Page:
Ecol Prog Ser 524:255−268
                                                                                Almojil DK, Moore ABM, White WT (2015)
                                                                                   Sharks and rays of the Arabian/Persian
                                                                                   Gulf. MBG (INT), London
                                                                                Amundsen PA, Gabler HM, Staldvik F (1996)
                                                                                   A new approach to graphical analysis of
                                                                                   feeding strategy from stomach contents
                                                                                   data-modification of the Costello (1990)
                                                                                   method. J Fish Biol 48:607−614
                                                                                Barría C, Coll M, Navarro J (2015) Unravel-
                                                                                   ling the ecological role and trophic rela-
Fig. 4. Graphical representation of the feeding strategy of Gymnura poecil-        tionships of uncommon and threatened
ura, Brevitrygon walga, Maculabatis randalli, Pastinachus sephen, Rhino-           elasmobranchs in the western Mediterran-
batos punctifer, and Torpedo sinuspersici based on the method proposed by          ean Sea. Mar Ecol Prog Ser 539:225−240
Amundsen et al. (1996). An explanatory diagram for interpretation of feed-      Blanco-Parra MP, Galván-Magaña F, Már-
ing strategy and prey importance from the proposed method appears in (A)           quez-Farías JF, Niño-Torres CA (2012)
                                                                                   Feeding ecology and trophic level of the
                                                                                   banded guitarfish, Zapteryx exasperata,
as previously reported for other dasyatids (Jacobsen &              inferred from stable isotopes and stomach contents
Bennett 2012, O’Shea et al. 2013), suggesting that                  analysis. Environ Biol Fishes 95:65−77
                                                                Bray RN, Hixon MA (1978) Night-shocker: predator behavior
those groups are the most important prey for this
                                                                    of the Pacific electric ray (Torpedo californica). Science
family.                                                             200:333−334
   Our results also showed that the stomachs of G.              Clarke KR, Gorley RN (2006) PRIMER v6: user manual/
poecilura and T. sinuspersici were mostly empty                     tutorial. PRIMER-E, Plymouth
when collected, which suggests that they had not                Colwell RK (2013) EstimateS: statistical estimation of species
                                                                    richness and shared species from samples, version 9.
eaten for one to several days (Vaudo & Heithaus                     User’s guide and application. http://purl.oclc.org/estimates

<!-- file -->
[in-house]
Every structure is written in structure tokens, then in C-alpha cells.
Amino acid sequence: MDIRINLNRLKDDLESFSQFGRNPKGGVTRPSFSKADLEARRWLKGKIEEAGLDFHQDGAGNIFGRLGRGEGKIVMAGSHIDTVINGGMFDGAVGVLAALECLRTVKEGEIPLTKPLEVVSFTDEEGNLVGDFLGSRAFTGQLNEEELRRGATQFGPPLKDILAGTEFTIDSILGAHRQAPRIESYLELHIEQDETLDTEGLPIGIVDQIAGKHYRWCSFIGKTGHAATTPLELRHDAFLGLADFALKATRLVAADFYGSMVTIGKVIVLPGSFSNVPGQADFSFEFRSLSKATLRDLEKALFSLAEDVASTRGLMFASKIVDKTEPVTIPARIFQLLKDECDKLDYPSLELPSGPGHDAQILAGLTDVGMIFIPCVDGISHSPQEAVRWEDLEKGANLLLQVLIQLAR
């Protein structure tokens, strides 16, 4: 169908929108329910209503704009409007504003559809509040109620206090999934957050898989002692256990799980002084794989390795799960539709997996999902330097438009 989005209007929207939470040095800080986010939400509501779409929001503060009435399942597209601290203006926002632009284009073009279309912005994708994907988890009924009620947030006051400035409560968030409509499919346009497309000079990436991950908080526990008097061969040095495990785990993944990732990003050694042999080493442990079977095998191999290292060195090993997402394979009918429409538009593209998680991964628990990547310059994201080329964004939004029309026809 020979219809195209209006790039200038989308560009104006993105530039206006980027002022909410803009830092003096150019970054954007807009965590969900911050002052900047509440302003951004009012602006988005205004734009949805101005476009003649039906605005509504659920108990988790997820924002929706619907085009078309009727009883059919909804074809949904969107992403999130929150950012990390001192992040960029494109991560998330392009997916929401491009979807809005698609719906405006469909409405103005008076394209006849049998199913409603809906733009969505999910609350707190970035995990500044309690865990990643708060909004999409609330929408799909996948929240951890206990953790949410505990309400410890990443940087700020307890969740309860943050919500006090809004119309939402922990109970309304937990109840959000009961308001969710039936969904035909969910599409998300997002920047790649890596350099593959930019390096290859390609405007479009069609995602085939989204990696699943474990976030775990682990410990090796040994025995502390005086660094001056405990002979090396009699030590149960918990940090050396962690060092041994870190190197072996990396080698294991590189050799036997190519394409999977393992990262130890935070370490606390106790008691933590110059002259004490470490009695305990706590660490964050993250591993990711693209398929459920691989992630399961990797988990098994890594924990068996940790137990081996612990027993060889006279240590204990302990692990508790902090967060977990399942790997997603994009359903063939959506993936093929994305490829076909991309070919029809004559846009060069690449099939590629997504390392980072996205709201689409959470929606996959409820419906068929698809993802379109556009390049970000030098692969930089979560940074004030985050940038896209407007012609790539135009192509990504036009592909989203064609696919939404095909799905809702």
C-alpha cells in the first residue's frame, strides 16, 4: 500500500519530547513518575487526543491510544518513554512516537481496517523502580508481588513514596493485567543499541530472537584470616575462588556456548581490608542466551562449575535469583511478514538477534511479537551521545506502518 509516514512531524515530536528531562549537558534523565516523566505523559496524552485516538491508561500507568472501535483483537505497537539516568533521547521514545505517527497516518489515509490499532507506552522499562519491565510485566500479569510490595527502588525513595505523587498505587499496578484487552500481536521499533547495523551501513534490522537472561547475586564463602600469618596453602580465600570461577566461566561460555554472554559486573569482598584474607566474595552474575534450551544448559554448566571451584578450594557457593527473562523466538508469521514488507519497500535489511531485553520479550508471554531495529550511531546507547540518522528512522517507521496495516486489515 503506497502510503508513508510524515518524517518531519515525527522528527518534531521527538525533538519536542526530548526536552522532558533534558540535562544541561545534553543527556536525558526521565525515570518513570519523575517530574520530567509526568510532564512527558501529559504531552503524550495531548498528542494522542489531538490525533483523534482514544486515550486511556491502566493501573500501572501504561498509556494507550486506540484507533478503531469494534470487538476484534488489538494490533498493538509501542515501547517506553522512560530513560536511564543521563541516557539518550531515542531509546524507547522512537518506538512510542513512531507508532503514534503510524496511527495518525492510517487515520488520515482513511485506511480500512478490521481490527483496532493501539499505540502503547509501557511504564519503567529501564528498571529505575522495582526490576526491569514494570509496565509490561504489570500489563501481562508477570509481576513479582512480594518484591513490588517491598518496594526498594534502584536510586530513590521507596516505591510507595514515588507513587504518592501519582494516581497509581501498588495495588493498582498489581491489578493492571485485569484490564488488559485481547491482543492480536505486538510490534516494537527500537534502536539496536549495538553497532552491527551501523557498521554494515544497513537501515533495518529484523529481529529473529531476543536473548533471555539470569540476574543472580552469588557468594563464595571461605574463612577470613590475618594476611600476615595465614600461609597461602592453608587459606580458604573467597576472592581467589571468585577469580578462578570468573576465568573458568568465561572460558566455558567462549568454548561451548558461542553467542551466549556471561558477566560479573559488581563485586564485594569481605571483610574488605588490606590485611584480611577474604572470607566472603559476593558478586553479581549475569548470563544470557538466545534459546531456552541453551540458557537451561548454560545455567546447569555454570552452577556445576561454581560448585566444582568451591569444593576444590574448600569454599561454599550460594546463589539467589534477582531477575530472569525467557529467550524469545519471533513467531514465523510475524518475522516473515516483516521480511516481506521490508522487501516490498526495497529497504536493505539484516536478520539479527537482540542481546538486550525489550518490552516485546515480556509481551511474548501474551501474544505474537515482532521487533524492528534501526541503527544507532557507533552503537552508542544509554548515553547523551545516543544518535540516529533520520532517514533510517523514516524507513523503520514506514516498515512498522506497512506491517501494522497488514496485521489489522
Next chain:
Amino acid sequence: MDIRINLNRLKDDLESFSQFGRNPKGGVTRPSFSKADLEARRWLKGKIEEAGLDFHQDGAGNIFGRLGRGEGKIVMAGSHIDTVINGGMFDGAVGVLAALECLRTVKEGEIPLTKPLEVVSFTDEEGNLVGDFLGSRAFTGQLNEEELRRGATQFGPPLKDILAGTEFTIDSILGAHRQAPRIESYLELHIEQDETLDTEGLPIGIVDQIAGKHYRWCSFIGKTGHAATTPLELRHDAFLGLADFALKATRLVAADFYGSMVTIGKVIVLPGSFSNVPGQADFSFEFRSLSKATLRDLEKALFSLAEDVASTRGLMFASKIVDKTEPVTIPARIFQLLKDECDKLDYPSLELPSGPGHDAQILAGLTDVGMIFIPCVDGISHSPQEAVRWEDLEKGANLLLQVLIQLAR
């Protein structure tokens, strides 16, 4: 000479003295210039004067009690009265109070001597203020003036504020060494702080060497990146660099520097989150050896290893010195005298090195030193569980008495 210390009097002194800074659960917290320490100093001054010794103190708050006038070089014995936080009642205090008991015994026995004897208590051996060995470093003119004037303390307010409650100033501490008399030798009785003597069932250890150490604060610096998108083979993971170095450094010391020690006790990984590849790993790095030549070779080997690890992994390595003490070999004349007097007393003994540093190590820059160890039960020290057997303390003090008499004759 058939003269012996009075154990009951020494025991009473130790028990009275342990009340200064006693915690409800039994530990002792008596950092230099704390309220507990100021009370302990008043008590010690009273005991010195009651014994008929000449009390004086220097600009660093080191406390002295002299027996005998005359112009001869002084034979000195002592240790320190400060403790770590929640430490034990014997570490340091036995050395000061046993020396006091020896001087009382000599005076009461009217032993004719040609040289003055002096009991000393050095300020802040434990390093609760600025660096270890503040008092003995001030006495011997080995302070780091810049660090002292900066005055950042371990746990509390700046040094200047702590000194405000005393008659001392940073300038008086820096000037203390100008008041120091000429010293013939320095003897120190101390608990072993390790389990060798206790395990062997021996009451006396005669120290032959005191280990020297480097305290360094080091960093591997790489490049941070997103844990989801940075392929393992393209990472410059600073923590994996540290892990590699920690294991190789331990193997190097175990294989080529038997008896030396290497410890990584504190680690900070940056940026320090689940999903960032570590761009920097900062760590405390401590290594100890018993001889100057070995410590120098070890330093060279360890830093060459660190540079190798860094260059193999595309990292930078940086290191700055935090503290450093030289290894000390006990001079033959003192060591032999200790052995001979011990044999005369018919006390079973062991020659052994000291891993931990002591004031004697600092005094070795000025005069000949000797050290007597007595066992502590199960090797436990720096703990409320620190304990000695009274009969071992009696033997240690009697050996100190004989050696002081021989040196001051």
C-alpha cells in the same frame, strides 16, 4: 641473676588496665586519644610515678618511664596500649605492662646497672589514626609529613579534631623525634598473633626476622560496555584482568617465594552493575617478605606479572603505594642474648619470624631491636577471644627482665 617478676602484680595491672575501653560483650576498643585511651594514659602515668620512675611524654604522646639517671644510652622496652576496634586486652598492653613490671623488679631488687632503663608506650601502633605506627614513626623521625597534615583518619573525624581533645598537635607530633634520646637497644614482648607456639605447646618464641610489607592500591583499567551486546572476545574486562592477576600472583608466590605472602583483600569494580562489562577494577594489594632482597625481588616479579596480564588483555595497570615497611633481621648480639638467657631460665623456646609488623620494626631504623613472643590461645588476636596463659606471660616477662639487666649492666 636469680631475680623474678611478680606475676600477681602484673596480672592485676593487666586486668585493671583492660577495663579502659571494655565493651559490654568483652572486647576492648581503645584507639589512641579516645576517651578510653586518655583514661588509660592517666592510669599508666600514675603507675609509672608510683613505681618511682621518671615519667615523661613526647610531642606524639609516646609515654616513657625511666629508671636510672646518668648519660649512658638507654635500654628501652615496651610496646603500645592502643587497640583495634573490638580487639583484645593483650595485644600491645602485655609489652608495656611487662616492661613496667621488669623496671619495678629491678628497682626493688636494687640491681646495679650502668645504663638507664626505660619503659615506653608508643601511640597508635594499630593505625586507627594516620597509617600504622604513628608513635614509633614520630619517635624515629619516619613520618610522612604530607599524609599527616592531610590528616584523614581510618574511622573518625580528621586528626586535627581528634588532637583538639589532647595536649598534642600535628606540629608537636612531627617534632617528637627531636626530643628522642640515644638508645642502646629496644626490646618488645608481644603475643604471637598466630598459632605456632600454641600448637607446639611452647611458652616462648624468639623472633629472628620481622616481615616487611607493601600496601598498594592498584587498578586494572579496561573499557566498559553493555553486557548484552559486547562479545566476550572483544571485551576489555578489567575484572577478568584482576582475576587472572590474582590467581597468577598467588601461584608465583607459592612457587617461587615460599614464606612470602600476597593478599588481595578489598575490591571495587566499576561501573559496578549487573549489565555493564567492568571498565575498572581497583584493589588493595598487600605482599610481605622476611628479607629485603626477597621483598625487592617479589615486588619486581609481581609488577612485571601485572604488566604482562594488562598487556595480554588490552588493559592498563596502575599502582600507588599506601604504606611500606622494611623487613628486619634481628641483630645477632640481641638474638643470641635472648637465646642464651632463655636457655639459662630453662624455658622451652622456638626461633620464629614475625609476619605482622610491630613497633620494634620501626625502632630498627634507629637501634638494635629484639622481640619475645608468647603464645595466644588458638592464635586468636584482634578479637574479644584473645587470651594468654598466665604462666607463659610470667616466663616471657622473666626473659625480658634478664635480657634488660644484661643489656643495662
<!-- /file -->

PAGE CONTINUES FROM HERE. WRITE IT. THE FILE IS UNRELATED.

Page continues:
2011b). The stomachs of some marine predators, like                 (accessed 15 January 2018)
elasmobranchs, are often found to be empty or con-              Cortés E (1997) A critical review of methods of studying fish
tain highly digested prey remains that are difficult to             feeding based on analysis of stomach contents: applica-
                                                                    tion to elasmobranch fishes. Can J Fish Aquat Sci 54:
identify (e.g. Jacobsen et al. 2009, Yokota et al. 2013).
                                                                    726−738
   In conclusion, we found that the diets of 6 batoid           Cortés E (1999) Standardized diet compositions and trophic
elasmobranchs in the Gulf of Oman differed during                   levels of sharks. ICES J Mar Sci 56:707−717
the sampling period. We cannot yet judge whether                Espinoza M, Clarke TM, Villalobos-Rojas F, Wehrtmann IS
                                                                    (2013) Diet composition and diel feeding behaviour of
those differences were due to differences in the sea-
                                                                    the banded guitarfish Zapteryx xyster along the pacific
sonal timing of capture or differences in the areas                 coast of Costa Rica, Central America. J Fish Biol 82:
where they were captured. We recommend more                         286−305
intensive systematic sampling and observation of                Espinoza M, Munroe SEM, Clarke TM, Fisk AT, Wehrtmann
batoid elasmobranchs in the Gulf of Oman to address                 IS (2015) Feeding ecology of common demersal elasmo-
                                                                    branch species in the Pacific coast of Costa Rica inferred
these questions and to help develop adequate con-                   from stable isotope and stomach content analyses. J Exp
servation and management plans for the commercial                   Mar Biol Ecol 470:12−25
fisheries that operate there.                                   Ferry L, Caillet G (1996) Sample size and data analysis: Are
Rastgoo et al.: Sympatric batoid diet comparison                                      41